The Democrats behind this month’s historic debt-relief package for Black farmers have a message for Washington: They’re just getting started.
“Systemic discrimination continues to be felt by Black farmers,” House Agriculture Chairman David Scott said Thursday to open a hearing on the history of racism in the US agriculture sector. “This festering wound on the soul of American agriculture must be healed.”
Scott, who became the panel’s first-ever Black chairman late last year, was one of several Democrats who helped secure a total of $5 billion for historically disadvantaged farmers—$4 billion in debt relief and another $1 billion in other aid—in the $1.9-trillion COVID-19 relief bill. President Joe Biden signed that bill into law just two weeks ago, but Scott says he’s already working on follow-up legislation. Among the chairman’s goals: increasing the number of Black farmers, the size of their farms and the market share of the food and fiber they produce. “We’re going to have some incentives in there so that we can increase [those],” Scott said. Translation: More federal cash will be devoted to the effort—likely a lot more.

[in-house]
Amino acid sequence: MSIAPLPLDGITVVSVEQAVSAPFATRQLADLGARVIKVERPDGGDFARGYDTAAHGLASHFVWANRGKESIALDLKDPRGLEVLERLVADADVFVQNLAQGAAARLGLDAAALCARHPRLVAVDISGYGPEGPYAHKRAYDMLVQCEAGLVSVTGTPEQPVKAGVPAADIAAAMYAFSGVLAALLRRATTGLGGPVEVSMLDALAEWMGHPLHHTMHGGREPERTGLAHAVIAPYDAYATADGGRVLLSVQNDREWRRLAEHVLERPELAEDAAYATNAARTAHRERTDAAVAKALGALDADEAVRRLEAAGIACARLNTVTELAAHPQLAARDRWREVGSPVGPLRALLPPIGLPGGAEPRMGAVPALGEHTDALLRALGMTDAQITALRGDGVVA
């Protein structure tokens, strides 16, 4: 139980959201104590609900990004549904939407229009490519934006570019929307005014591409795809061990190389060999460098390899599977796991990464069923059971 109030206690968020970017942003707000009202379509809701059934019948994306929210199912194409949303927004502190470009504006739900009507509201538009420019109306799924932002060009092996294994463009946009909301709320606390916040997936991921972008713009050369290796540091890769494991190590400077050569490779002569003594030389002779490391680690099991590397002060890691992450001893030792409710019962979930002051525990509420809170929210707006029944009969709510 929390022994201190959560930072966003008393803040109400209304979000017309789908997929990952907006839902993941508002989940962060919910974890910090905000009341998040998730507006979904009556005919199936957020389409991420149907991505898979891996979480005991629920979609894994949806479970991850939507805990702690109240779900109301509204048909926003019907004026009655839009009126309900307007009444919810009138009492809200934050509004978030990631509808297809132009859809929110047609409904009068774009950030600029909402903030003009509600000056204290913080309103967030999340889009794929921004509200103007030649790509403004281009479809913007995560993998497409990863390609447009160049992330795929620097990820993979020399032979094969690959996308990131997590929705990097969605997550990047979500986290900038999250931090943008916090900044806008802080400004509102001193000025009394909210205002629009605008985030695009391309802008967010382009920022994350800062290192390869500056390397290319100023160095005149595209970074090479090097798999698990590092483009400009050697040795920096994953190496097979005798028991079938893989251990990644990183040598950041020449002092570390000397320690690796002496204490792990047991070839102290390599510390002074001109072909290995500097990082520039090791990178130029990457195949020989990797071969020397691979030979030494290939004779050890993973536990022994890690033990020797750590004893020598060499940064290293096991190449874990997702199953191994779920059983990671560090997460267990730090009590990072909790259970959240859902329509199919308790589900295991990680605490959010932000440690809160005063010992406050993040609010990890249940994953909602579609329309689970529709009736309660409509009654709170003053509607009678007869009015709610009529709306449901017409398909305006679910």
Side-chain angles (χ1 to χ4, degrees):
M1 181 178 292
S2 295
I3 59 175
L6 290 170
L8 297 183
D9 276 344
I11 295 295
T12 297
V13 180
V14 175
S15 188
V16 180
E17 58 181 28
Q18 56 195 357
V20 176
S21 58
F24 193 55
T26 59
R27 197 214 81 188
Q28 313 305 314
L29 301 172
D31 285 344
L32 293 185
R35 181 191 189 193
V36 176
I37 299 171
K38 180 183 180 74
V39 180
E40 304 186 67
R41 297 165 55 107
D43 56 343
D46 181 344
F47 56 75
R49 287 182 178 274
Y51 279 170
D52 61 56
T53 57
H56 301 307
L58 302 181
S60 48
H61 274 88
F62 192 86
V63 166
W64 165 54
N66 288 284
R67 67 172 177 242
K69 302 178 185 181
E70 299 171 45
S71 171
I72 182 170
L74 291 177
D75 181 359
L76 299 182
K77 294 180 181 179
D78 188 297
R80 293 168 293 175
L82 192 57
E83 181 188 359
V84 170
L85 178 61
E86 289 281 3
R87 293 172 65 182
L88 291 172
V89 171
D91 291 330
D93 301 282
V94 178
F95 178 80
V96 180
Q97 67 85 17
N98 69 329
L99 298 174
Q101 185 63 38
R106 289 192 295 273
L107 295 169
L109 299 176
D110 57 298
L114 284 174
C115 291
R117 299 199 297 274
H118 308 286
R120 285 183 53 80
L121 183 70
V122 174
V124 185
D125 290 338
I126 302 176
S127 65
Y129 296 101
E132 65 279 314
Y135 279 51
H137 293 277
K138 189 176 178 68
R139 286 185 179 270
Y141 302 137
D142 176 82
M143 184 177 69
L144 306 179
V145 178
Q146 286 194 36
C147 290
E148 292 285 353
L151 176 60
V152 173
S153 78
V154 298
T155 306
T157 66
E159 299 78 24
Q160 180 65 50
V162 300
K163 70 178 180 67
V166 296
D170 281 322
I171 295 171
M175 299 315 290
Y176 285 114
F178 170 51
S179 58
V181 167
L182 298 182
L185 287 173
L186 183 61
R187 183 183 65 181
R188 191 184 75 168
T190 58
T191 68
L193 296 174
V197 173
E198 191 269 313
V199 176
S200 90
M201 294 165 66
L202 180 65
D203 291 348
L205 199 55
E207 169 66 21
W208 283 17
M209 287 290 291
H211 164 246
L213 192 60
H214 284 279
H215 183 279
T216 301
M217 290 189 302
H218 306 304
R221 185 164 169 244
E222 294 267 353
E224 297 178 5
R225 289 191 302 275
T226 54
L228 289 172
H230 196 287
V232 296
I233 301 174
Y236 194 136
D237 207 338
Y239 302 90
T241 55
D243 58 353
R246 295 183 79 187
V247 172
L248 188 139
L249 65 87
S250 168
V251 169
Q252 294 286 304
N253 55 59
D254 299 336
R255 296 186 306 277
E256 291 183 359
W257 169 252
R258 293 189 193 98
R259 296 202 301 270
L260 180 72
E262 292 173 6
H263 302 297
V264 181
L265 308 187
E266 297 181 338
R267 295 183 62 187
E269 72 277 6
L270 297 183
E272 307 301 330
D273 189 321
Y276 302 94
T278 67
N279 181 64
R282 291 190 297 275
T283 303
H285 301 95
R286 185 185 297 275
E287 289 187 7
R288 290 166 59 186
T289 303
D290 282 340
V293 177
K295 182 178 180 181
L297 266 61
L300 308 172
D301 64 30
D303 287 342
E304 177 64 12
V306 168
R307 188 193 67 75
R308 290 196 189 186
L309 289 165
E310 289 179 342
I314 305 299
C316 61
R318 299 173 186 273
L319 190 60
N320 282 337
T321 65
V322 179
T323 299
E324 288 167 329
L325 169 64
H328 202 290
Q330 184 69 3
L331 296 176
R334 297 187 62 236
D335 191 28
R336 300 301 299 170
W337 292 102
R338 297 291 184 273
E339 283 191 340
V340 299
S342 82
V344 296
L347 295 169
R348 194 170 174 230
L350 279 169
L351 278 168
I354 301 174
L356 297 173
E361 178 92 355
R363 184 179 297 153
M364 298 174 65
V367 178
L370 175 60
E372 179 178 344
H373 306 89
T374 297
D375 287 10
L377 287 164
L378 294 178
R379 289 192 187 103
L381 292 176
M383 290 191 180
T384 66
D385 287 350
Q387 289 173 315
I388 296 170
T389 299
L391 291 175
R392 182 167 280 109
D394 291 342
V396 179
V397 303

The Georgia Democrat isn’t alone in that thinking either. Across the Capitol, a trio of powerful senators is making similar promises. Sens. Cory Booker of New Jersey, Raphael Warnock of Georgia and Elizabeth Warren of Massachusetts have all said that they see the debt relief as the beginning, not the end, of their efforts to address systemic racism in the agriculture sector.